"It still seems to me that the enthusiasm for X-37B and its follow-ons grow out of a misunderstanding of the physics of putting things in orbit and maneuvering in space," said David Wright, a senior scientist and co-director of the Global Security Program at the Union of Concerned Scientists, headquartered in Cambridge, Mass.
"This appears to be a case in which trying to make a flexible, one-size-fits-all system makes it suboptimal for essentially all missions," Wright said. "I still haven't seen an analysis that explains its purpose and shows that it makes sense compared to alternatives."
Wright and UCS colleague, Laura Grego, recently co-wrote "Securing the Skies" – a report that outlines 10 steps that the U.S. should take to safeguard space.
One step in the outline noted that the U.S. should declare it will not intentionally damage or disable satellites operating in accordance with the Outer Space Treaty, and pledge that it will not be the first country to station dedicated weapons in space. The Obama administration should press other space powers to make the same promise, the report explains.
"I personally think the X-37B space plane is just a new toy for geeks in the military," said Ting Wang[s1] , a postdoctoral associate at Cornell University's Judith Reppy Institute for Peace and Conflict Studies.
Wang said that satellites can do almost all the missions the space plane can do, and they can do it at a much cheaper price. "The only thing the space plane can do, [that] others can't, is to bring down a satellite and repair it."
However, the cost of doing so is questionable, Wang said.
Furthermore, the X-37B is a small vehicle with a payload capacity of roughly 500 pounds (227 kilograms), Wang advised. "It could hardly bring any valuable satellite down to the Earth," he said.
Given that satellite launch costs are so high, and electronic technology is developing so quickly, it likely to be much cheaper just to build a new spacecraft, Wang said.
"Personally, I don't think the unmanned space plane make any sense", until rocket technology has made significant progresses and enables the single-stage-to-orbit and reusable space plane, he added.
Bringing X-37B home
Whatever the case is today for flying the X-37B – and as its first space test draws to a close – the next show-and-tell milestone is bringing the bird home.
The reusable X-37B Orbital Test Vehicle 1 was built by Boeing Phantom Works. It is about 29 feet (9 meters) long and has a wingspan of just over 14 feet (4 meters) across. It stands just over 9 1/2 feet (3 meters) tall and tips the scales at nearly 11,000 pounds (about 5,000 kg).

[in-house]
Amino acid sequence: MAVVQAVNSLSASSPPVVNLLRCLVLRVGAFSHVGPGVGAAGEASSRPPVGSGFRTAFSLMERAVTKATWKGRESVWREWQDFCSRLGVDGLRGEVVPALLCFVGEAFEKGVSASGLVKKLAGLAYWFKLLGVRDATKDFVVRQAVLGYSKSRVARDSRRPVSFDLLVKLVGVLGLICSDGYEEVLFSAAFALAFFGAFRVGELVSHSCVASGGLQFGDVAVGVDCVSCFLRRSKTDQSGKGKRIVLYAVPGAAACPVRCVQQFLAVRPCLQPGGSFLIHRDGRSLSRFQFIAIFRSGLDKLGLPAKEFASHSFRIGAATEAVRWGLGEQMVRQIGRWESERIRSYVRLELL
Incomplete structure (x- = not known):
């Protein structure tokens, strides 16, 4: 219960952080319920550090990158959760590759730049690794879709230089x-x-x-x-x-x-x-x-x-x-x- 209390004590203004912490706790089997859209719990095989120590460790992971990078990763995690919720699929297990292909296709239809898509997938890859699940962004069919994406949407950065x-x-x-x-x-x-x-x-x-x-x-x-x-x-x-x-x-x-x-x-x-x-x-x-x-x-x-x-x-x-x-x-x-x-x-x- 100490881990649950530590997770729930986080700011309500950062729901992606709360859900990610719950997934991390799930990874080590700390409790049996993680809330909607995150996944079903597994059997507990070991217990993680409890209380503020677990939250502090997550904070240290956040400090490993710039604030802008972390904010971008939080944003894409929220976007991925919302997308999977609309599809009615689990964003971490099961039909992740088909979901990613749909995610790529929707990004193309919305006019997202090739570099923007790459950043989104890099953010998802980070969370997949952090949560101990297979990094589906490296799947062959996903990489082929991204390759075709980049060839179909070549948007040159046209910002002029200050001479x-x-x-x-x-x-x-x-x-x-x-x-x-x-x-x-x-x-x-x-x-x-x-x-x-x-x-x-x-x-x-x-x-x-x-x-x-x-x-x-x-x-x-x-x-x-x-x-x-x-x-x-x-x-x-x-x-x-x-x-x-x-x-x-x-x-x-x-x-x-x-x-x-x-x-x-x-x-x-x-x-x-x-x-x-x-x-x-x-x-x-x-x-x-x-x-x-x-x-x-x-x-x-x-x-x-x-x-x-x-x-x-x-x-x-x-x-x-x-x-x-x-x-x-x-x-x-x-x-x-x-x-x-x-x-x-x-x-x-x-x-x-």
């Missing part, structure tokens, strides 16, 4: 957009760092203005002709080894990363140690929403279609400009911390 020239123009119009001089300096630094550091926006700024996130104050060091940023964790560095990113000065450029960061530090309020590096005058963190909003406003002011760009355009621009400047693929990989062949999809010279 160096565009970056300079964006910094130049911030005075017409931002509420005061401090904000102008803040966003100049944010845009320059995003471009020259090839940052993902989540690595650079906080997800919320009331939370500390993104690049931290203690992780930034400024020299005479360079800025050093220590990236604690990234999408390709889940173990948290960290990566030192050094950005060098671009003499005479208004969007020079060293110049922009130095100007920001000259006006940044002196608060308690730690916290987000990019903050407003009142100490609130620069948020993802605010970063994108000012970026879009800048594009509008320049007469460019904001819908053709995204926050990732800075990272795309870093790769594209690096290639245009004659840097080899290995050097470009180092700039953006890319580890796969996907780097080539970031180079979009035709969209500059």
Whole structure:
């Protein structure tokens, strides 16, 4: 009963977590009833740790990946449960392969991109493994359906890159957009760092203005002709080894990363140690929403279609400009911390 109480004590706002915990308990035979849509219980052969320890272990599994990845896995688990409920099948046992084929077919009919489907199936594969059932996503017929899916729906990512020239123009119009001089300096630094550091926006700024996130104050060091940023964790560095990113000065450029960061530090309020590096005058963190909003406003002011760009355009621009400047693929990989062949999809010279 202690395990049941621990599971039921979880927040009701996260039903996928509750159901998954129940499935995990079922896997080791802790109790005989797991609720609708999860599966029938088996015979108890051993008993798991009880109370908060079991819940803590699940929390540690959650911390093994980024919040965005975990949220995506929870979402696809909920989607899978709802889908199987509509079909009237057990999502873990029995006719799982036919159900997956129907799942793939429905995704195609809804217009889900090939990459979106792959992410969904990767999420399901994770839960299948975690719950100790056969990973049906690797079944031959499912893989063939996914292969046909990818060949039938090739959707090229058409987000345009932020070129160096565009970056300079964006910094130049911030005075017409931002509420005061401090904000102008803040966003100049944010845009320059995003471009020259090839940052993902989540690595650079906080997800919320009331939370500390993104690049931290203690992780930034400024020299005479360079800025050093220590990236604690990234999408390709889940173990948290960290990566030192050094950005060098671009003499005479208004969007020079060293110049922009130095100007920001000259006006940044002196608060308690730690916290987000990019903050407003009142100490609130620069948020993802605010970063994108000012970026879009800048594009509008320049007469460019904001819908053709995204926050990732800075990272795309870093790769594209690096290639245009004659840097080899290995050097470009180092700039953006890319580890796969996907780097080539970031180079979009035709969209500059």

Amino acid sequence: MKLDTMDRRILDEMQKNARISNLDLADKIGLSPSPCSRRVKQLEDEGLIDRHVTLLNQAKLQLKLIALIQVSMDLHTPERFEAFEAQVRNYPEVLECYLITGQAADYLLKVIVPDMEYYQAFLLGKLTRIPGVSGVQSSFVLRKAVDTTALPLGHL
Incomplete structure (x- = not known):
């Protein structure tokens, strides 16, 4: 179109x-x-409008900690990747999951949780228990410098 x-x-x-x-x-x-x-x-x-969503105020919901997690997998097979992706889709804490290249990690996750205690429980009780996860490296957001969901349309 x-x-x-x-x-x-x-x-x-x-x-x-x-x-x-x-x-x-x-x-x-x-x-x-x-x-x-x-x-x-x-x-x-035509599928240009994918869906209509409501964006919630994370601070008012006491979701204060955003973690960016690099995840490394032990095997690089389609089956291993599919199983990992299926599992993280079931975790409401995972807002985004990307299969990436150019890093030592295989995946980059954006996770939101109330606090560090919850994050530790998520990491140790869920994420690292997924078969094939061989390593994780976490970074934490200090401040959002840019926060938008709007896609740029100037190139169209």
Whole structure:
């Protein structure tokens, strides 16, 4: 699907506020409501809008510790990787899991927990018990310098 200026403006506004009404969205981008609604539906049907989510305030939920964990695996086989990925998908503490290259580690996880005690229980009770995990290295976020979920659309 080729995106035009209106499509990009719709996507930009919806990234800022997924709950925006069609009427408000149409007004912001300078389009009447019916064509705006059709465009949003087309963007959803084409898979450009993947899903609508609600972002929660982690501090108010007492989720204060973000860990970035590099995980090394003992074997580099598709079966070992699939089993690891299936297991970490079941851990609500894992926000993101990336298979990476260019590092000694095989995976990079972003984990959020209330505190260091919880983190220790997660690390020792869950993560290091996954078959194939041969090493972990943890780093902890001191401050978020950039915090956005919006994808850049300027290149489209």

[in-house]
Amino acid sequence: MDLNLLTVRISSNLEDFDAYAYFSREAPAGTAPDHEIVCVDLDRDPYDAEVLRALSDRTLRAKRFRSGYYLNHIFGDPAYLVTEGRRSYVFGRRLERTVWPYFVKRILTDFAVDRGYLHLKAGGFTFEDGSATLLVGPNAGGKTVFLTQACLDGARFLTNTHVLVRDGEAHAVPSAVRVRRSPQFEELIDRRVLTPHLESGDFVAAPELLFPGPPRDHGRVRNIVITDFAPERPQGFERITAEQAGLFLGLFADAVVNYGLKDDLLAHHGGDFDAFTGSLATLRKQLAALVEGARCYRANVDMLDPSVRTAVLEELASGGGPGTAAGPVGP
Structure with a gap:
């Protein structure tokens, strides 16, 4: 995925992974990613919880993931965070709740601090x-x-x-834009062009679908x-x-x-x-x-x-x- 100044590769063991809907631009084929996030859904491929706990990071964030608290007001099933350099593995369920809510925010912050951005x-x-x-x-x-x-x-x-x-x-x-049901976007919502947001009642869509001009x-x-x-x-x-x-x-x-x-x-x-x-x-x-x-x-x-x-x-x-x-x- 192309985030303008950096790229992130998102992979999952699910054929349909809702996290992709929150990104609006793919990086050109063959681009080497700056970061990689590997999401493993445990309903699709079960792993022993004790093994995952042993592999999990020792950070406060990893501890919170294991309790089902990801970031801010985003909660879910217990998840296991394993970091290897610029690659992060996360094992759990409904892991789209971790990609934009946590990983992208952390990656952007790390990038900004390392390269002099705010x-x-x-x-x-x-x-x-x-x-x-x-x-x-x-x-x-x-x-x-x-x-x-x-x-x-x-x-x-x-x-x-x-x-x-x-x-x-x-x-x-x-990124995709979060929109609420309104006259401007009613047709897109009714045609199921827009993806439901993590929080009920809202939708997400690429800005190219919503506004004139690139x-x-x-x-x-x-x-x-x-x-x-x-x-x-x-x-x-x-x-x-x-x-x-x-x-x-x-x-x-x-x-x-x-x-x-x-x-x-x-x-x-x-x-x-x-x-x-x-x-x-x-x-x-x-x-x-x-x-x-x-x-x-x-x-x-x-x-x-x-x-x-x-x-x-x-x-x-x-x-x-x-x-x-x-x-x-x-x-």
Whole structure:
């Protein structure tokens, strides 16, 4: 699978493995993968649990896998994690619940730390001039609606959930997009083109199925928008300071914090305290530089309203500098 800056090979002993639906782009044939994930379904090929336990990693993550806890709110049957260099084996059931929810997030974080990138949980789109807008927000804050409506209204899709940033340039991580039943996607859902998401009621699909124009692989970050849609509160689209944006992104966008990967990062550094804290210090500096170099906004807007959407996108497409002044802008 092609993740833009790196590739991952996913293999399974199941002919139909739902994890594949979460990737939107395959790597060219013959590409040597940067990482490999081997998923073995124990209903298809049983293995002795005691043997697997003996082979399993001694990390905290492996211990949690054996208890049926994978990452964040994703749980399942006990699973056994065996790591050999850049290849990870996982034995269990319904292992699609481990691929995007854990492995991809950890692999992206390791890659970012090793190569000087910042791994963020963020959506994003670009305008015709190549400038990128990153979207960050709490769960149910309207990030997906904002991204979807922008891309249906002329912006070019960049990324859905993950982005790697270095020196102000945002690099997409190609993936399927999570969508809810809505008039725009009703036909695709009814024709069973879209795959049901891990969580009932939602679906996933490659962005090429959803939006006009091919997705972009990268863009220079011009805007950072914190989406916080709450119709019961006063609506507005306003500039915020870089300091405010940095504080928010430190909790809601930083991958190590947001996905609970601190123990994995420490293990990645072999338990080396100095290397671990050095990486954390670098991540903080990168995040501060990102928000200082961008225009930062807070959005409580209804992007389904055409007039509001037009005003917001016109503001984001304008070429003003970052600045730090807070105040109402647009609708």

The craft's payload bay is 7 feet (2.1 meters) long by 4 feet (1.2 meters) across.
Given a successful de-orbit engine burn and reentry, the space plane is to wing its way to a California touchdown in autopilot mode. If the incoming space plane strays off its trajectory over the Pacific Ocean, the craft is outfitted with a destruct mechanism.
In preparation for the X-37B's automated home coming at the Vandenberg Air Force Base in California, workers have readied a runway to enable the robot space plane's landing.
According to the Santa Maria Times newspaper, a small armada of workers have replaced hundreds of landing strip plates along the flight line's centerline, a task done specially for the space plane.
Edwards Air Force Base, also in California, serves as backup to the Vandenberg landing strip.
The X-37B program is under the banner of the Air Force Rapid Capabilities Office in Washington, D.C., with one job description dedicated to demonstrating a reliable, reusable, unmanned space test platform for the United States Air Force.
A second X-37B – called Orbital Test Vehicle 2 – is also in development, headed for a test mission slated for 2011.
- Photos of the X-37B Space Plane, Spotting Spaceships From Earth
- Video: X-37B Space Plane Spotted in Orbit, X-37B Skywatching App
- Air Force's New X-37B Space Plane Likely an Orbital Spy
Leonard David has been reporting on the space industry for more than five decades. He is past editor-in-chief of the National Space Society's Ad Astra and Space World magazines and has written for SPACE.com since 1999.